A member of the Presidential Advisory Committee Against Corruption, Femi Odekunle, has stated that lack of cooperation among the arms of government has contributed to weakening the Federal Government’s anti-corruption war.
He said this on Channels TV’s Sunrise Daily while addressing some issues including the recent victory of the Senate President Bukola Saraki at the Code of Conduct Tribunal (CCT).
“From what I know, the anti-corruption war is like fighting for the soul of Nigeria and the government was right that the flagship of his three-point agenda is fighting corruption but in a democracy where you want to fight corruption, you need the cooperation of the executive, legislature and the judiciary.
“We don’t seem to have the cooperation of the legislature – Even among the executive, you find what we call blacklegs and even in the judiciary which is the hope of the country in a democracy for fighting corruption.
“If it was a military government it would be a different ballgame. But in a democracy you rely on the Judiciary so, regardless of the efforts of the investigators of the EFCC of the Police or ICPC, they must still end up in court and when the court now seems, as it is being manifested recently, not to be cooperating, then there is a problem.”
Explaining further about the “blacklegs” which he claimed were in the legislature, he noted that regardless of the bills that have been passed or not, the behavior of some members of the legislature have also contributed to slowing down the anti-corruption war.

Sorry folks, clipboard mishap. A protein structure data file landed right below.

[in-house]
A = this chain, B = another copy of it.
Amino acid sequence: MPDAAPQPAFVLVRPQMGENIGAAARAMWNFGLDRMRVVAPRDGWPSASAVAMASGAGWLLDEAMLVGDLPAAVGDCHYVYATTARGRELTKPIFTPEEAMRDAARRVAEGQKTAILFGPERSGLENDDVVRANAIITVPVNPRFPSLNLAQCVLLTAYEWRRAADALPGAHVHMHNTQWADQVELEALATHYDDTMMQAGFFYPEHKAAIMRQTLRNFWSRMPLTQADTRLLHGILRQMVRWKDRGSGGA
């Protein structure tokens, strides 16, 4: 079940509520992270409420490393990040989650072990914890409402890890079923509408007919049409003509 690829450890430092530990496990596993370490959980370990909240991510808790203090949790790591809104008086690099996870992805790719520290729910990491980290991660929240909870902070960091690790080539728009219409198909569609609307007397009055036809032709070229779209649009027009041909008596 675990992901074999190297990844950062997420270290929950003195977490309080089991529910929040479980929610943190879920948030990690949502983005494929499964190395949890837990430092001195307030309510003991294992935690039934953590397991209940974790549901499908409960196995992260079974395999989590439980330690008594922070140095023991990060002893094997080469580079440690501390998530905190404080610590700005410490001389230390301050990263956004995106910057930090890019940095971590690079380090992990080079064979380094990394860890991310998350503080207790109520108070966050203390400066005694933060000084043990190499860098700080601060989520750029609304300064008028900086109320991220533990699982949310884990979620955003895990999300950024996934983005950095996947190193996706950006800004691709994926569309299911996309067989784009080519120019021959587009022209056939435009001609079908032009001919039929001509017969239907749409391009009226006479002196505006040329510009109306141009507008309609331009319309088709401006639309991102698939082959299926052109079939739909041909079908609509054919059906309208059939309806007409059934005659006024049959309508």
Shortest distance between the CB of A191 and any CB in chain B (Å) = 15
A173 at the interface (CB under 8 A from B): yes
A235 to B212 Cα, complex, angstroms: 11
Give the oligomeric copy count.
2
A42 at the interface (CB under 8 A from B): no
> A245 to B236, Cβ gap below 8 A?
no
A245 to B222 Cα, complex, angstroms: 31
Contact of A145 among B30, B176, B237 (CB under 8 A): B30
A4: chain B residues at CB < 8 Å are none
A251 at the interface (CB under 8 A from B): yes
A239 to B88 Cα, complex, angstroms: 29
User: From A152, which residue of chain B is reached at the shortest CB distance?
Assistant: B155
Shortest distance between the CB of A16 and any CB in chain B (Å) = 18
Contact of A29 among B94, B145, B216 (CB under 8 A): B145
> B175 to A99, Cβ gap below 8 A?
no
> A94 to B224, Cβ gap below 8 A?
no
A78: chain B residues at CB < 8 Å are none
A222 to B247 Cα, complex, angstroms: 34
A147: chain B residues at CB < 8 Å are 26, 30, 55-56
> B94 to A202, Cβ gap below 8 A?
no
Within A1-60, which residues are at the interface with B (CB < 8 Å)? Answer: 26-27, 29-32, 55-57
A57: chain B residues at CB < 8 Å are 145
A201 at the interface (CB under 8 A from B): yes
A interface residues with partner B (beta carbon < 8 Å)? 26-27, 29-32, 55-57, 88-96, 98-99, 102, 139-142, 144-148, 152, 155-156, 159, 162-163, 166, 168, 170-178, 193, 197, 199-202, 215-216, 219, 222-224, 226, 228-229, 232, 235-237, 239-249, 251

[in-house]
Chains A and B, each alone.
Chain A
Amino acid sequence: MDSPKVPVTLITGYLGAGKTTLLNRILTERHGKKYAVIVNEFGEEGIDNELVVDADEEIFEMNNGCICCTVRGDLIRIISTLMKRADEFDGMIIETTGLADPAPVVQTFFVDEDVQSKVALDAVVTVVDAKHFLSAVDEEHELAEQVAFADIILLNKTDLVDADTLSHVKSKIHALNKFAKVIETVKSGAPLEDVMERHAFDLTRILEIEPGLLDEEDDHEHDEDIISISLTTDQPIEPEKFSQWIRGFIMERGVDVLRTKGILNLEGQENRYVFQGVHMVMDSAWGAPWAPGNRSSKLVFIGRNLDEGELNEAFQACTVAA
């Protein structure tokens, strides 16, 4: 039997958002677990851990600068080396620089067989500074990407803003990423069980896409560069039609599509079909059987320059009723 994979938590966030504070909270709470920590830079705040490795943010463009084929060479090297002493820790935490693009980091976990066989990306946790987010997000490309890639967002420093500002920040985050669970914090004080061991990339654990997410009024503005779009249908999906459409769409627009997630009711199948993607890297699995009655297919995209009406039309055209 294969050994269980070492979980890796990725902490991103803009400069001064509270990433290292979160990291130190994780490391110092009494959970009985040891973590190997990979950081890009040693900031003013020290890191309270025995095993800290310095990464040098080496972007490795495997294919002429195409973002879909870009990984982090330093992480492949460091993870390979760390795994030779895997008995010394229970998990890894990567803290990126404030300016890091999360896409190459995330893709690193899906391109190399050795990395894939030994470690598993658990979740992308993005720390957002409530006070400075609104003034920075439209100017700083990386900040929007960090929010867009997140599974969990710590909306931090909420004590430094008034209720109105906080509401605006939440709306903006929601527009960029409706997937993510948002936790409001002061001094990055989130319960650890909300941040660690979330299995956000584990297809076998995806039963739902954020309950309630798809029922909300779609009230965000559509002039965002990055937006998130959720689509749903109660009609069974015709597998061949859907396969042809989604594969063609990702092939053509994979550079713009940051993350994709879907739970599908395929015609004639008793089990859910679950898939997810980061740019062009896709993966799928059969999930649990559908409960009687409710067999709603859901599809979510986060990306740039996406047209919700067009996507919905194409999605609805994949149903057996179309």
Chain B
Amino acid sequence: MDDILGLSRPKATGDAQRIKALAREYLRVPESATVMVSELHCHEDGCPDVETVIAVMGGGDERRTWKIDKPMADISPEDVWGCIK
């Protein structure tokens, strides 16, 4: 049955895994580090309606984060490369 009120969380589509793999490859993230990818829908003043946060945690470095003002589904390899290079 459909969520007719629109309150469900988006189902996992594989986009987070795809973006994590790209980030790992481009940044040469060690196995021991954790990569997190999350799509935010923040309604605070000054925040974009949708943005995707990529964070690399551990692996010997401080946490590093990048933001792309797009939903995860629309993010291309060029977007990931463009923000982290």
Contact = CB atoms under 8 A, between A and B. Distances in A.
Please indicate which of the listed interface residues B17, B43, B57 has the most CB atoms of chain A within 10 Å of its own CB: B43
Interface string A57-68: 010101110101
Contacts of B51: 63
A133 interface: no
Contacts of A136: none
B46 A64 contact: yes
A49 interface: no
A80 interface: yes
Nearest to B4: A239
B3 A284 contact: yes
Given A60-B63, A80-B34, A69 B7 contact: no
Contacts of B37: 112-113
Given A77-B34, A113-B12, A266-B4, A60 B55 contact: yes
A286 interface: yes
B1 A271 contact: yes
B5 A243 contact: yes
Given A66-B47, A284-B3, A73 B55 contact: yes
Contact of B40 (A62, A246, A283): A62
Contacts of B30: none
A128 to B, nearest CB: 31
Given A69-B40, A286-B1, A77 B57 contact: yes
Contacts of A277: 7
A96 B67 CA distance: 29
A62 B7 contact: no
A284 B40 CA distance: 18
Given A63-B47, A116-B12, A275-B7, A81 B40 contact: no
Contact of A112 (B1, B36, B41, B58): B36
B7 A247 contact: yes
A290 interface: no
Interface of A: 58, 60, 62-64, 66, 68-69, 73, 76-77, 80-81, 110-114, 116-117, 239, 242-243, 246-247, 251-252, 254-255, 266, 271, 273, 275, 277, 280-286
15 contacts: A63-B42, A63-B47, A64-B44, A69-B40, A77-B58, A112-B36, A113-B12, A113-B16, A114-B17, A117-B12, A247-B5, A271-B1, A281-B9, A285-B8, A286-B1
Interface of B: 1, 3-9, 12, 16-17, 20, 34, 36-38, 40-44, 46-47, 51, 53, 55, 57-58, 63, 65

“We are not talking about the laws passed by the National Assembly, we are talking about the behavior and the conduct and what we hear, if not know about the legislature – I’m not even talking about the bills before then which they have not passed.
“Do you know how many of them have cases in court and then you will reply to me that they are innocent until proven guilty – this is part of the hoax of the legal system we are running. So you have legislatures and you have a good number of them who actually have cases in court, Corruption,” he stressed.
“In a country where people are fighting together against corruption, it is very unusual to have about two, three, four of you, facing corruption charges in court.
“The fact that you have enough money to hire Senior Advocates of Nigeria, to hire lawyers to go to court and win the case, if not technically but corruptly, does not mean that you are cooperating with the anti-corruption fight.”
Odekunle, therefore, noted that a government that wants to fight corruption must realize the depth of the situation, citing examples like the U.S and the U.K which according to him had to reenact their laws when they realized that terrorism was becoming a serious problem.